Calgary, Alberta, Canada (PRWEB) August 18, 2014
Friends of Science Society is asking the Committee on Publishing Ethics (COPE) to review the ethics of a widely-cited paper by Lewkandowsky et al (2013), published in Psychological Science March 26, 2013, which claims to provide evidence that all scientists or citizens who question Anthropogenic Global Warming (AGW) or climate change are also conspiracy theorists who, for example, don’t believe NASA landed on the moon.
Ironically, as reported by Peter Foster in the National Post Aug. 8, 2013, "Perhaps the most effective instant rebuttal of the paper’s outrageous thesis was that two prominent skeptics — Harrison Schmidt and Buzz Aldrin — had in fact been to the moon!"
Friends of Science agree that NASA successfully landed on the moon July 20, 1969, but dissent on climate change – saying the sun is the main direct and indirect driver of climate change, more so than humans or carbon dioxide (CO2).
Earlier this year on May 1, 2014, Friends of Science issued a public statement about their request and sent a detailed commentary to COPE in the UK. COPE requested a commentary that specified which guidelines had been violated, in the opinion of Friends of Science. Friends of Science provided a 25 page document to the parties. COPE then requested a 500 word summary. Friends of Science provided this and awaited response.
On May 1, 2014 Aime Ballard-Wood, Director of Publications for the Association for Psychological Science (APS), had sent an email to Friends of Science stating that they consider the matter closed due to a previous review. As reported in the Australian Herald Sun on Sept. 11, 2012, that review had involved the University of Western Australia and issues related to the survey design and data.
Friends of Science request of COPE addresses issues related to the COPE publishing guidelines. As of Aug. 14, 2014, have asked COPE to proceed with a publishing ethics review.
Regarding the May response by the APS, Friends of Science director Warren Blair said: “This perfunctory response is not in keeping with an organization mandated to uphold scientific integrity and empirical research.”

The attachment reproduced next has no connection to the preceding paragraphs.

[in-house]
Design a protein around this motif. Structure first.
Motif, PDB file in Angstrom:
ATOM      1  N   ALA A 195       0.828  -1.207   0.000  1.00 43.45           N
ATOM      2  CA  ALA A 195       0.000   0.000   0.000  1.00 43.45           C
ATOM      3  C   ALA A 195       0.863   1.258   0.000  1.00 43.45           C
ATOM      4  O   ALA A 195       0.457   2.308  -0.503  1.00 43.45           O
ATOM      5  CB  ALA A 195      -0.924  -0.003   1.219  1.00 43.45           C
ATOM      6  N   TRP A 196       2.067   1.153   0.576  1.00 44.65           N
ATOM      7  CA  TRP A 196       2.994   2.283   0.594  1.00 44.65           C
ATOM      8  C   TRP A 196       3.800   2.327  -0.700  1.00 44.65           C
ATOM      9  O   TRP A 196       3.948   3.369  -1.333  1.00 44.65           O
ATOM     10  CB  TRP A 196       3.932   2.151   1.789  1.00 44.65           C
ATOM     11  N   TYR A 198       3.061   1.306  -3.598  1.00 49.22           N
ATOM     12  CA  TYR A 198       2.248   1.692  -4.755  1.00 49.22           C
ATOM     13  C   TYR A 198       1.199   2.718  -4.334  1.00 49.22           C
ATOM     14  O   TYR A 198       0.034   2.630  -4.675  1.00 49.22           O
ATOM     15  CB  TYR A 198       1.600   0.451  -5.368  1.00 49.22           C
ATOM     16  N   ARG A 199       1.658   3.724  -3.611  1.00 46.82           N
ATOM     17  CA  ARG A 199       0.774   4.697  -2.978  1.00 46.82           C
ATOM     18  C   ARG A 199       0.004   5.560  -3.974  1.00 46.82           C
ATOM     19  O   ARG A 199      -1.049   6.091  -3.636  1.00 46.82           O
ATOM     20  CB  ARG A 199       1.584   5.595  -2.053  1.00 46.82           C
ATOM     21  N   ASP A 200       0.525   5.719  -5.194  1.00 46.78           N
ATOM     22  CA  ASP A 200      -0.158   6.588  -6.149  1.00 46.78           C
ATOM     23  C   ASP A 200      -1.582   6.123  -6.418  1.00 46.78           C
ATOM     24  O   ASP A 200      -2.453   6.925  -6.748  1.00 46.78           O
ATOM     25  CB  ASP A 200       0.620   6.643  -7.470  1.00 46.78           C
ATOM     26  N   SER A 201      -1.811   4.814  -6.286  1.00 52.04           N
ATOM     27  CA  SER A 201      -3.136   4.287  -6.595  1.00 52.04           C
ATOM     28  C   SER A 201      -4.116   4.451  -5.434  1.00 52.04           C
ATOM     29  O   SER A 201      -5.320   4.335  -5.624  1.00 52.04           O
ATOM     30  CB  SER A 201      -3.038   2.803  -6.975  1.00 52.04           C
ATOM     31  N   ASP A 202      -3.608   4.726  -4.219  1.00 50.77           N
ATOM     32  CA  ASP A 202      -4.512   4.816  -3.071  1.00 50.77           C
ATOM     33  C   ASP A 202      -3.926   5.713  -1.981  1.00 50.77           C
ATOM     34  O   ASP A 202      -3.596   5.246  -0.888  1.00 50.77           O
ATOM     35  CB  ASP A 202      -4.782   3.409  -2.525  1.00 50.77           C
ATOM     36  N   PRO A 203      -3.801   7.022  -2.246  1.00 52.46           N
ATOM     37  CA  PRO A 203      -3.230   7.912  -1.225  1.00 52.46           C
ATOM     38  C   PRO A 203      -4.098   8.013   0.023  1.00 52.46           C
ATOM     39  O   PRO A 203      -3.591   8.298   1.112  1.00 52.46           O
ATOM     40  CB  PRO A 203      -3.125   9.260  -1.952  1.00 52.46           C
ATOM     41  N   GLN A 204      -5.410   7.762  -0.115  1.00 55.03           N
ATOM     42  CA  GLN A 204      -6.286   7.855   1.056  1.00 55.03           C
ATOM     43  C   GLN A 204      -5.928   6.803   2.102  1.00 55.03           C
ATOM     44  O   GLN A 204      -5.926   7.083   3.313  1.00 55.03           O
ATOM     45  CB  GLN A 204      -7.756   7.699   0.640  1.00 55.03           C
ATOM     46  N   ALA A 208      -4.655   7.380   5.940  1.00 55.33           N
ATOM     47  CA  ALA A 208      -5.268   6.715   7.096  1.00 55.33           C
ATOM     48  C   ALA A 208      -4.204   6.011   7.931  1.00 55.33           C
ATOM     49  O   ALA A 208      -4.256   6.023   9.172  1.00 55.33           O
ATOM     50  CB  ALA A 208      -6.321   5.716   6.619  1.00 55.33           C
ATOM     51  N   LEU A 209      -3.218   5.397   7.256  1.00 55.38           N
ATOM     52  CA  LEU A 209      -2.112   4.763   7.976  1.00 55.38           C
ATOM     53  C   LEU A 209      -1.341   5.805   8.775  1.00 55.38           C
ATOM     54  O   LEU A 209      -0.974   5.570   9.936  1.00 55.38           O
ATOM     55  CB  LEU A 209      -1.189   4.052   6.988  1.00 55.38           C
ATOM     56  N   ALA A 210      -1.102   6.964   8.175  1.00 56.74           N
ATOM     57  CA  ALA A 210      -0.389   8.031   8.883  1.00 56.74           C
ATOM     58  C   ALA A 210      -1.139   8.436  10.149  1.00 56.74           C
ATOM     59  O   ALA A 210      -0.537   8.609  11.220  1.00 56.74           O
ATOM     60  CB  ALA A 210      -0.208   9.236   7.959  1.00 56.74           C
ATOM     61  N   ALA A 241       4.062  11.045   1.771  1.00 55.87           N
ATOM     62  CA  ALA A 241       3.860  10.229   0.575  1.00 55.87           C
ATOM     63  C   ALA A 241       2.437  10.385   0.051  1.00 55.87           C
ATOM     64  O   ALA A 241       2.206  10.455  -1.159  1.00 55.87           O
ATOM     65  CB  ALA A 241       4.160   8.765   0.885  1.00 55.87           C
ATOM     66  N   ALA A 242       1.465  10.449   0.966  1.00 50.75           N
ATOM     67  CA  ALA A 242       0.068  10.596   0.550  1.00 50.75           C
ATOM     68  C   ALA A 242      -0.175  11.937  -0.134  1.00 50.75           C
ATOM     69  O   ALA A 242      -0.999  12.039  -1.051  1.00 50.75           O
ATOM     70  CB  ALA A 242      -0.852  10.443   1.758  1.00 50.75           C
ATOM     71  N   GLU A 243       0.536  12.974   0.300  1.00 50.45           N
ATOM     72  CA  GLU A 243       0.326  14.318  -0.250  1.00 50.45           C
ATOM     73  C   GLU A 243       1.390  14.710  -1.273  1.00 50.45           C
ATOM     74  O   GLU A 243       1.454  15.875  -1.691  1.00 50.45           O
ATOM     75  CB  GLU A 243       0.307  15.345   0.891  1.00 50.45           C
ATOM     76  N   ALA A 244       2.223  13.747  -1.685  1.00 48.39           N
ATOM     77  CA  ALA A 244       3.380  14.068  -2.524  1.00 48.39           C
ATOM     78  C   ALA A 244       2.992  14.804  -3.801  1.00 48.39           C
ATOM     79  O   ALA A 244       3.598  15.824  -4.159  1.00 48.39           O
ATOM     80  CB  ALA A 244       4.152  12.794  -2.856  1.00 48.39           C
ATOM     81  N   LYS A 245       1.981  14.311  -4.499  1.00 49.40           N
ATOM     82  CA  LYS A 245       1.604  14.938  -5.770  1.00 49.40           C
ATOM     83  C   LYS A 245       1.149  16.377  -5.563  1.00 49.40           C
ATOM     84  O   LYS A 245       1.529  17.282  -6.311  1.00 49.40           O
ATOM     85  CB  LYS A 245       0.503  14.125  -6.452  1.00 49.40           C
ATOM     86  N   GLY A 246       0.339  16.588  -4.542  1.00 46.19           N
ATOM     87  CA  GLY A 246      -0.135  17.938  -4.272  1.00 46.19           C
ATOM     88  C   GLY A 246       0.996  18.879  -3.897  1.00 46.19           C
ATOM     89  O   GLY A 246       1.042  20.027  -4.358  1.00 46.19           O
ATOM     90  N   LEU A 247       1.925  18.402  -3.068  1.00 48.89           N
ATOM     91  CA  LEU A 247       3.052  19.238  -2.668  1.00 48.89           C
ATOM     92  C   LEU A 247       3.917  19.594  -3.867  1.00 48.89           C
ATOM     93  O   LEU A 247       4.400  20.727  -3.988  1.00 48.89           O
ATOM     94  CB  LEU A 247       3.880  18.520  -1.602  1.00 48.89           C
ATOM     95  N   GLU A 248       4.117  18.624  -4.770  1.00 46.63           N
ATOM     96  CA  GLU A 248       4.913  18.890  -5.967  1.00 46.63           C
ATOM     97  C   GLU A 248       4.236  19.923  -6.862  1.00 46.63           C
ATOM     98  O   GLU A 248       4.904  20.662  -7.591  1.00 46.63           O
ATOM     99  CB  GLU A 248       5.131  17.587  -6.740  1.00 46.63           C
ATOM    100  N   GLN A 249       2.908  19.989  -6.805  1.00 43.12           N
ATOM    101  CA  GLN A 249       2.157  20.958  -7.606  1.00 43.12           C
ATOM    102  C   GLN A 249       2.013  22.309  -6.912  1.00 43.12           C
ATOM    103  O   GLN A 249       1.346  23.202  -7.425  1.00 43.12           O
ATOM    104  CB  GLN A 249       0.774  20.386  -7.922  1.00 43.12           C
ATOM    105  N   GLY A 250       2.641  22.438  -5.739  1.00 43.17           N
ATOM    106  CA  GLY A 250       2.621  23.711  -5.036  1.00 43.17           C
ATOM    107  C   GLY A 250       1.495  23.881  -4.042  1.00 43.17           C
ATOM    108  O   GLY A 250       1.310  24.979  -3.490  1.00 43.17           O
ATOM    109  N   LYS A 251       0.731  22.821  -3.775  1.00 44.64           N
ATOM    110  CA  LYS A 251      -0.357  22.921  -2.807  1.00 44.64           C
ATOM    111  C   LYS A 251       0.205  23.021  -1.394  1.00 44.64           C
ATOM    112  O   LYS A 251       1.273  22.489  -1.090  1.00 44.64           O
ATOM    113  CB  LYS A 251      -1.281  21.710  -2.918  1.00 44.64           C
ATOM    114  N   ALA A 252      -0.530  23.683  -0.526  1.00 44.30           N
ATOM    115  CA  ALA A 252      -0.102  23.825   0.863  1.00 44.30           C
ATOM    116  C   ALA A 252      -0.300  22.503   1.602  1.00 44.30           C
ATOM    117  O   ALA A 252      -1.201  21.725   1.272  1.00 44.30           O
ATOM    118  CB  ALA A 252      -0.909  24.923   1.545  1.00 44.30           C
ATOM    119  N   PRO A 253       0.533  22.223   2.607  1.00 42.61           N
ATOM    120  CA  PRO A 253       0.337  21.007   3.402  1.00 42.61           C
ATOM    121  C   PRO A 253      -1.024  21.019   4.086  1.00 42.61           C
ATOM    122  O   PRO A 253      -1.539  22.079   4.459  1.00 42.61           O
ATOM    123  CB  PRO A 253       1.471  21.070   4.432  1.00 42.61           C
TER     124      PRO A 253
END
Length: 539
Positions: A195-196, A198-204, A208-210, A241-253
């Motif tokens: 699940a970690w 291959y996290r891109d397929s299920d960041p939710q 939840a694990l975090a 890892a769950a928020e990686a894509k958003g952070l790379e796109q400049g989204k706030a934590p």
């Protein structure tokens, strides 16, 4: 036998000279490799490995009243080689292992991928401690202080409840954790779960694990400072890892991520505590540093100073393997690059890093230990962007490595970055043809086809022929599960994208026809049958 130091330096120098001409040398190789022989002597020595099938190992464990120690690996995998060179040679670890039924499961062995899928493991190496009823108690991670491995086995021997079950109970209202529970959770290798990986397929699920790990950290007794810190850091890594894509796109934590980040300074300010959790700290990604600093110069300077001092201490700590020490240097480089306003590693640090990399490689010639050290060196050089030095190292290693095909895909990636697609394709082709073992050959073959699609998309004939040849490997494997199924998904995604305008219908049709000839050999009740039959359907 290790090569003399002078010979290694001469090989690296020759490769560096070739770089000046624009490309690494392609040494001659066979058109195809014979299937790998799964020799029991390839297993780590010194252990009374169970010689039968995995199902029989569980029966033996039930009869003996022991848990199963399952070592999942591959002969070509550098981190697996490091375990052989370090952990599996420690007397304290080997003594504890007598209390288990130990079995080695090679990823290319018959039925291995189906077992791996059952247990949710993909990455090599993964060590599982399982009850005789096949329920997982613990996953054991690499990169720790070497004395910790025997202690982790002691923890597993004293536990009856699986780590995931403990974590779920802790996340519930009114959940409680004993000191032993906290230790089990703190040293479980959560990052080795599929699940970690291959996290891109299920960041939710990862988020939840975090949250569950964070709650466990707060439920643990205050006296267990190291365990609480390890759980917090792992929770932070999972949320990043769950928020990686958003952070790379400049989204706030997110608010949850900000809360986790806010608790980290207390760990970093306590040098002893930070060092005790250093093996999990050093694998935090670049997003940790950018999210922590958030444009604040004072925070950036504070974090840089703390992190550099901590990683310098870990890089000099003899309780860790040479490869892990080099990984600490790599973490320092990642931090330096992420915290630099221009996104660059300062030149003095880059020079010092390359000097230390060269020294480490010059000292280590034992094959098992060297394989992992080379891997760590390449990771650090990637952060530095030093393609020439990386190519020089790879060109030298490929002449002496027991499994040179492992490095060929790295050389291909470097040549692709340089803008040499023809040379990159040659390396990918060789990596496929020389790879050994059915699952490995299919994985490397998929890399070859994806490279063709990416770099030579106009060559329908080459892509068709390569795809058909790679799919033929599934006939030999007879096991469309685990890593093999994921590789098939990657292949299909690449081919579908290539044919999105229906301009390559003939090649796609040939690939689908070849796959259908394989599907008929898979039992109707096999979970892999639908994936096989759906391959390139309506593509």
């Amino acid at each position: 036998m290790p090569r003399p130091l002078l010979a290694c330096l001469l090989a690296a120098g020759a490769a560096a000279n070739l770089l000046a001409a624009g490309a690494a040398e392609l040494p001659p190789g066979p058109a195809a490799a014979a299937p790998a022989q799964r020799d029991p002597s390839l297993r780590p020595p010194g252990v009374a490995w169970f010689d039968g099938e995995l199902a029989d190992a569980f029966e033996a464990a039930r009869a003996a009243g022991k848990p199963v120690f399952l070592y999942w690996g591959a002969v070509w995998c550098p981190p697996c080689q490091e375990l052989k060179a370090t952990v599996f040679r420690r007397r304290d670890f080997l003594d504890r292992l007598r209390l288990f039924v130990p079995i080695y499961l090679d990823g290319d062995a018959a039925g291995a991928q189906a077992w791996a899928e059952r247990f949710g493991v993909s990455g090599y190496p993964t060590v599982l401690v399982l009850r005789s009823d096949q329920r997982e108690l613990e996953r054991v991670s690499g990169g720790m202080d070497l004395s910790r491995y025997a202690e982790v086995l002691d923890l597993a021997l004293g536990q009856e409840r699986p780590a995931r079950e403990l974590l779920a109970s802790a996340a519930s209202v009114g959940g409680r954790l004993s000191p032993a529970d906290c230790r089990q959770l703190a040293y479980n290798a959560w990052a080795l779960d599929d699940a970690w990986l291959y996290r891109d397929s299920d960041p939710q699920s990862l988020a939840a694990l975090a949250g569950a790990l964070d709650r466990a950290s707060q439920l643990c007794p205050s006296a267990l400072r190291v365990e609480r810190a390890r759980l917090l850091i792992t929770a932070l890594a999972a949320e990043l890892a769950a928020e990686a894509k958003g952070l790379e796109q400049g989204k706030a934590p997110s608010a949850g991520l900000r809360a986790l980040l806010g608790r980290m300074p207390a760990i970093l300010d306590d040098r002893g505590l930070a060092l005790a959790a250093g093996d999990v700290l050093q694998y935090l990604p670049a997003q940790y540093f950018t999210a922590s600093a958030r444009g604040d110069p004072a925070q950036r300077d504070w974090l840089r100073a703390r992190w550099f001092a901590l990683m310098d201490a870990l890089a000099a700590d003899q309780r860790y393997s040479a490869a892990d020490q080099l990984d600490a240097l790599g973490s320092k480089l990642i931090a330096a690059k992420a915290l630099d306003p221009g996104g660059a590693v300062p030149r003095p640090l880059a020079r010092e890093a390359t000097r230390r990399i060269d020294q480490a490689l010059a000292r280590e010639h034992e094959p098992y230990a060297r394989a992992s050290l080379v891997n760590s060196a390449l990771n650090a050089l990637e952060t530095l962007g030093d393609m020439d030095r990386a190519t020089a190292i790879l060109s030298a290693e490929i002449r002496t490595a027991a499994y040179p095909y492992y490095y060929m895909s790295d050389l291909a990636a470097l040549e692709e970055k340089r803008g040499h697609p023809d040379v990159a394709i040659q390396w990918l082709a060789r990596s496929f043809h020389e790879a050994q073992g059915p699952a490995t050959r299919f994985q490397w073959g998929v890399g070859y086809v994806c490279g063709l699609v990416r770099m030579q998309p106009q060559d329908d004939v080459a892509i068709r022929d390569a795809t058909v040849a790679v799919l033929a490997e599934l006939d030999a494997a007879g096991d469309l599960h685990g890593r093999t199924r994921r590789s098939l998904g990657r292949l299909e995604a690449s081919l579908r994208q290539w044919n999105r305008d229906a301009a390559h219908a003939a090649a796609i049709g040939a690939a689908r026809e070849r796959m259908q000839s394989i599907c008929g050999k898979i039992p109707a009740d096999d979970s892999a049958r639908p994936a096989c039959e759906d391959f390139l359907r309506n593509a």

A critique of Lewandowsky’s paper entitled: “Throw Mud-It Will Stick: (Climate Science Blogophobia in the Psychological Sciences) The Motivated Denigration of Rational Dissent on Climate Change” has been posted on Academia.edu. This paper questions how can it be ethical for persons with expert knowledge of the damaging effects of exclusionary psychological tactics, like ostracizing, to publish a paper that will clearly lead to such exclusion, bullying, mocking and ostracizing.
According to research by Kipling D. Williams in “Ostracism – The Power of Silence” (2001) “Individuals will publicly accept the majority view while privately retaining their initial view, motivated by a desire not to appear deviant or to risk possible negative sanctions from the majority, such as ostracism or ridicule.”
Related work by Schacter (1951) and that of Robert Cialdini on social proof and compliance demonstrate how damaging this kind of verbal bullying and public humiliation can be.
In a May 24, 2012 opening ceremony video APS Executive Director Alan G. Kraut said: ‘…huge numbers of the general public are consuming our work…” and spoke of the exceptional public interest and influence of psychological science reports.
Friends of Science state in their letter to COPE that the factual elements on climate change in the Lewandowsky et al (2013) work are not supported by current empirical evidence either.
Friends of Science have spent a decade reviewing a broad spectrum of literature on climate change and have concluded the sun is the main driver of climate change, not carbon dioxide (CO2). The core group of the Friends of Science is made up of retired earth and atmospheric scientists.
Friends of Science Society
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